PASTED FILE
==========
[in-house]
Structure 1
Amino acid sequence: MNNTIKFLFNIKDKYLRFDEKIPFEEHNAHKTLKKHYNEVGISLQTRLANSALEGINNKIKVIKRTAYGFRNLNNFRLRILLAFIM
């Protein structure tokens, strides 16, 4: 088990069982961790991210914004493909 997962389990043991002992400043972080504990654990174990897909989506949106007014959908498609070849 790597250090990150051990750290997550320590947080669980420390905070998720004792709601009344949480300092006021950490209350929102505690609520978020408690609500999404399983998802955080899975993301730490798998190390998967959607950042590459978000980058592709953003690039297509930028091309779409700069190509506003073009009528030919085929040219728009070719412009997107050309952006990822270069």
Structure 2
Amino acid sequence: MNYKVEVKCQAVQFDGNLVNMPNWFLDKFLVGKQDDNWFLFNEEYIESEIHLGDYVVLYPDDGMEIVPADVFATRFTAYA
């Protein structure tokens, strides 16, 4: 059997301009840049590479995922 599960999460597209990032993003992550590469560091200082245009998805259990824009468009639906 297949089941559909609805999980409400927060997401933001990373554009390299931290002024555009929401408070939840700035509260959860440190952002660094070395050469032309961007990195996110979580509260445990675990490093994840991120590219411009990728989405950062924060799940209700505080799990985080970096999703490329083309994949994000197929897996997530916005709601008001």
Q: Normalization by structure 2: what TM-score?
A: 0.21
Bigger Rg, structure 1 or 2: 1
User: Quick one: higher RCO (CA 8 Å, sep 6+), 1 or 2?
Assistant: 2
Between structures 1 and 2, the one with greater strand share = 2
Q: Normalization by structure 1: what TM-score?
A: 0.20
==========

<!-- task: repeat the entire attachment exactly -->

[in-house]
Structure 1
Amino acid sequence: MNNTIKFLFNIKDKYLRFDEKIPFEEHNAHKTLKKHYNEVGISLQTRLANSALEGINNKIKVIKRTAYGFRNLNNFRLRILLAFIM
């Protein structure tokens, strides 16, 4: 088990069982961790991210914004493909 997962389990043991002992400043972080504990654990174990897909989506949106007014959908498609070849 790597250090990150051990750290997550320590947080669980420390905070998720004792709601009344949480300092006021950490209350929102505690609520978020408690609500999404399983998802955080899975993301730490798998190390998967959607950042590459978000980058592709953003690039297509930028091309779409700069190509506003073009009528030919085929040219728009070719412009997107050309952006990822270069």
Structure 2
Amino acid sequence: MNYKVEVKCQAVQFDGNLVNMPNWFLDKFLVGKQDDNWFLFNEEYIESEIHLGDYVVLYPDDGMEIVPADVFATRFTAYA
């Protein structure tokens, strides 16, 4: 059997301009840049590479995922 599960999460597209990032993003992550590469560091200082245009998805259990824009468009639906 297949089941559909609805999980409400927060997401933001990373554009390299931290002024555009929401408070939840700035509260959860440190952002660094070395050469032309961007990195996110979580509260445990675990490093994840991120590219411009990728989405950062924060799940209700505080799990985080970096999703490329083309994949994000197929897996997530916005709601008001």
Q: Normalization by structure 2: what TM-score?
A: 0.21
Bigger Rg, structure 1 or 2: 1
User: Quick one: higher RCO (CA 8 Å, sep 6+), 1 or 2?
Assistant: 2
Between structures 1 and 2, the one with greater strand share = 2
Q: Normalization by structure 1: what TM-score?
A: 0.20